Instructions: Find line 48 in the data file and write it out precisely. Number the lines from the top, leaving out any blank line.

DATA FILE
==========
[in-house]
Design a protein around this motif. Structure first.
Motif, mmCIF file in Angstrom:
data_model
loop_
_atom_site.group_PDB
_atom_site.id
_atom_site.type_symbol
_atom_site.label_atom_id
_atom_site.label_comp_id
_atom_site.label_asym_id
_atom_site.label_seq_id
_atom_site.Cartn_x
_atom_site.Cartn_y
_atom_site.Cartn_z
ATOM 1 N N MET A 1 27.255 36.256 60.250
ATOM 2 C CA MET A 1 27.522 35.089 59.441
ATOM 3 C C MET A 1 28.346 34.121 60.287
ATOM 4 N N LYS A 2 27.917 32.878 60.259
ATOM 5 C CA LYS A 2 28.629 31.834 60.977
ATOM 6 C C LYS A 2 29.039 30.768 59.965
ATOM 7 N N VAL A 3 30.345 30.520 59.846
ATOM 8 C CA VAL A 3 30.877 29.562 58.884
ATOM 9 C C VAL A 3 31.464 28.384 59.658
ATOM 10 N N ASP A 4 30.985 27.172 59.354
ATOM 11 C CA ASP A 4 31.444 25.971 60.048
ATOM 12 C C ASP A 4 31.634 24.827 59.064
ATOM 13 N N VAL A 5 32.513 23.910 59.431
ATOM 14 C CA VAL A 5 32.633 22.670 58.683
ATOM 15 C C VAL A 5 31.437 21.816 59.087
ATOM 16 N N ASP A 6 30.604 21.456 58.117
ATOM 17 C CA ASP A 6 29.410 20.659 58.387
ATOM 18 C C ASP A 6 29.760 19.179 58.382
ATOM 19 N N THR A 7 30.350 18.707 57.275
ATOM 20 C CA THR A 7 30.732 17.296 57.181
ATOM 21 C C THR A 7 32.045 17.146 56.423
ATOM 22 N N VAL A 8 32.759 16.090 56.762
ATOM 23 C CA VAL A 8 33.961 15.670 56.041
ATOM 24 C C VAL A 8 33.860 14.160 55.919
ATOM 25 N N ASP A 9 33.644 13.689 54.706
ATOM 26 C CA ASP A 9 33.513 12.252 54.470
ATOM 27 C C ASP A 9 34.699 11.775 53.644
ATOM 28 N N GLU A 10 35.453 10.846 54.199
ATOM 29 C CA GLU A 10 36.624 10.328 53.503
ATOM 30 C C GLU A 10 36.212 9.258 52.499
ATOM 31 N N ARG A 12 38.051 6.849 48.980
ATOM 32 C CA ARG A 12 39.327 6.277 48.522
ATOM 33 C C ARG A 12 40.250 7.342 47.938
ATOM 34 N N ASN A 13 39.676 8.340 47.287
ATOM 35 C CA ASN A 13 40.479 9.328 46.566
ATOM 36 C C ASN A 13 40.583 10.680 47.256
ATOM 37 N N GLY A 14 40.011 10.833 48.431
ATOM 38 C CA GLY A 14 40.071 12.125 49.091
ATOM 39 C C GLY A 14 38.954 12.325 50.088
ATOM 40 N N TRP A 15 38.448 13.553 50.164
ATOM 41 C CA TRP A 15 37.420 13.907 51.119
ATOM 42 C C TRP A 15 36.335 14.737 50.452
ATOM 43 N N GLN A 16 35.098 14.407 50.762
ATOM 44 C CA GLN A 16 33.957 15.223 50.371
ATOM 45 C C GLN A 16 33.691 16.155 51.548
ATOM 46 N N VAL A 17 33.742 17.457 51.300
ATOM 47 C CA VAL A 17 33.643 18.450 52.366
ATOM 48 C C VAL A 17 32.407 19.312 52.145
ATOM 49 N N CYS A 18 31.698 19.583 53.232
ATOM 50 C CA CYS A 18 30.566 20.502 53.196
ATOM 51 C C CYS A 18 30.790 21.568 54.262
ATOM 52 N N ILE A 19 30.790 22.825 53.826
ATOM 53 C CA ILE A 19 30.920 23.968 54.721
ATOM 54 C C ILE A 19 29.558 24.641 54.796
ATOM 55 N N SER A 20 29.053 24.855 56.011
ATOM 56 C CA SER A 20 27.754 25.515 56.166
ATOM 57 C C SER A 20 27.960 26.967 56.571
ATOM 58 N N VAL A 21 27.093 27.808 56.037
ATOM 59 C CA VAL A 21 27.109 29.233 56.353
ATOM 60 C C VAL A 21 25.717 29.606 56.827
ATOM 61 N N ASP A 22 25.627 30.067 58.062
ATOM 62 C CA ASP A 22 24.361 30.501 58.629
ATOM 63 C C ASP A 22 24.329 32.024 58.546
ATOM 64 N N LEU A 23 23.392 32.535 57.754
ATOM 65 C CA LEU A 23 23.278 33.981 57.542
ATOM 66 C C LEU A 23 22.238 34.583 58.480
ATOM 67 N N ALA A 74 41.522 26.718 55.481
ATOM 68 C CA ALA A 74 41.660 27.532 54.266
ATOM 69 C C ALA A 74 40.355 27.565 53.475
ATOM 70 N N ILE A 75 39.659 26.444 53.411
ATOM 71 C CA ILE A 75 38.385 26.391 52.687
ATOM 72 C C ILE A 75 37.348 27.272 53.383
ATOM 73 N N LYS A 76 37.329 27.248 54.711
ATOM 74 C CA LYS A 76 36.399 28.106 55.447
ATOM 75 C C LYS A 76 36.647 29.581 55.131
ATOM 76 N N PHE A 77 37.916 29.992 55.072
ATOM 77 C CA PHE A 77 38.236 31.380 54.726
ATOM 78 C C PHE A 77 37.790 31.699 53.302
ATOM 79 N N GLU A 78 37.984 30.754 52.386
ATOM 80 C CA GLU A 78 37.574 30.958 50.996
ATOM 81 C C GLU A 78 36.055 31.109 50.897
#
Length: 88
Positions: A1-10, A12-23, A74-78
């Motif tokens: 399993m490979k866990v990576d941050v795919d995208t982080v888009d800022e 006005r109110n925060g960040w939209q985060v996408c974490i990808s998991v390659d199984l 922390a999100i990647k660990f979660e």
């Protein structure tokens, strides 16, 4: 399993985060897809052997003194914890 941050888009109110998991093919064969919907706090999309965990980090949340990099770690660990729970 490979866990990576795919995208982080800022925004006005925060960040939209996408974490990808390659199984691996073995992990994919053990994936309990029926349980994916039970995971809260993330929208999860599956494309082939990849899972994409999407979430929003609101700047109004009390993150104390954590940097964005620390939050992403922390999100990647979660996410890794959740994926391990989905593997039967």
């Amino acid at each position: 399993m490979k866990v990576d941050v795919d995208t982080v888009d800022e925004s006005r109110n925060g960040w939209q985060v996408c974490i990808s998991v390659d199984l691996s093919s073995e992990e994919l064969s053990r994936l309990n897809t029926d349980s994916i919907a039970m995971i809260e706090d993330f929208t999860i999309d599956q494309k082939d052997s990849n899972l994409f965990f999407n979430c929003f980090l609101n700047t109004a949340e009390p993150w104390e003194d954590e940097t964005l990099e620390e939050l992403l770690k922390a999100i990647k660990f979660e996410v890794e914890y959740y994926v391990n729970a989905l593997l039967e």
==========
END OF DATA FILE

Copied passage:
ATOM 33 C C ARG A 12 40.250 7.342 47.938